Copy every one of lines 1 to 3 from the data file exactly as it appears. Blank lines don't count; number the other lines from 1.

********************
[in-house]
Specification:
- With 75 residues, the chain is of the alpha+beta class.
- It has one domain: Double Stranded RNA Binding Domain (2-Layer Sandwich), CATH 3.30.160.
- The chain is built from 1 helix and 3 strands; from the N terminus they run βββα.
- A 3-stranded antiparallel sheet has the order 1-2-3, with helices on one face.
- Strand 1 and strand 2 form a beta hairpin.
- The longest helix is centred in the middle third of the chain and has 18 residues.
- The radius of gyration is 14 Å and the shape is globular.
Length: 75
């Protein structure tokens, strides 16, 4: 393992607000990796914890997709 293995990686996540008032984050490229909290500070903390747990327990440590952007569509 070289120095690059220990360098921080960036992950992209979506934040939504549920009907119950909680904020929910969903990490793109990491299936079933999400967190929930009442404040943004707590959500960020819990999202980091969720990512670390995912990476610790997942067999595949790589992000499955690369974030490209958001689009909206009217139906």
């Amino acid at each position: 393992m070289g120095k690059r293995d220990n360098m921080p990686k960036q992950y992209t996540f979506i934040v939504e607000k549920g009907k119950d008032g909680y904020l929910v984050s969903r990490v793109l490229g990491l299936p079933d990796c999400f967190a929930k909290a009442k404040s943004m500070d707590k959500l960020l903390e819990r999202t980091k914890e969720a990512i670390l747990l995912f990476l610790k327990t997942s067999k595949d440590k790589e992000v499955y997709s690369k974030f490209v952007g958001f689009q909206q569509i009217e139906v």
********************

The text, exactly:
[in-house]
Specification:
- With 75 residues, the chain is of the alpha+beta class.